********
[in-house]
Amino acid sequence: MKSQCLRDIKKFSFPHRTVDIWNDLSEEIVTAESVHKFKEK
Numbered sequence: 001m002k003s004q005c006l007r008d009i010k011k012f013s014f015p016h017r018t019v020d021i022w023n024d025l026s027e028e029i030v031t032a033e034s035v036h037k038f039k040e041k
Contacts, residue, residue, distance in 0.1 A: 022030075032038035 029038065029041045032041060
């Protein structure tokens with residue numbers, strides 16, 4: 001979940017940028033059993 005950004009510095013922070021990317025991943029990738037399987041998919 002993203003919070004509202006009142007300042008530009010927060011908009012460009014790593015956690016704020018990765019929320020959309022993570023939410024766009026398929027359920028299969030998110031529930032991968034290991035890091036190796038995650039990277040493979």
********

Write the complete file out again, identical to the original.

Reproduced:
[in-house]
Amino acid sequence: MKSQCLRDIKKFSFPHRTVDIWNDLSEEIVTAESVHKFKEK
Numbered sequence: 001m002k003s004q005c006l007r008d009i010k011k012f013s014f015p016h017r018t019v020d021i022w023n024d025l026s027e028e029i030v031t032a033e034s035v036h037k038f039k040e041k
Contacts, residue, residue, distance in 0.1 A: 022030075032038035 029038065029041045032041060
């Protein structure tokens with residue numbers, strides 16, 4: 001979940017940028033059993 005950004009510095013922070021990317025991943029990738037399987041998919 002993203003919070004509202006009142007300042008530009010927060011908009012460009014790593015956690016704020018990765019929320020959309022993570023939410024766009026398929027359920028299969030998110031529930032991968034290991035890091036190796038995650039990277040493979």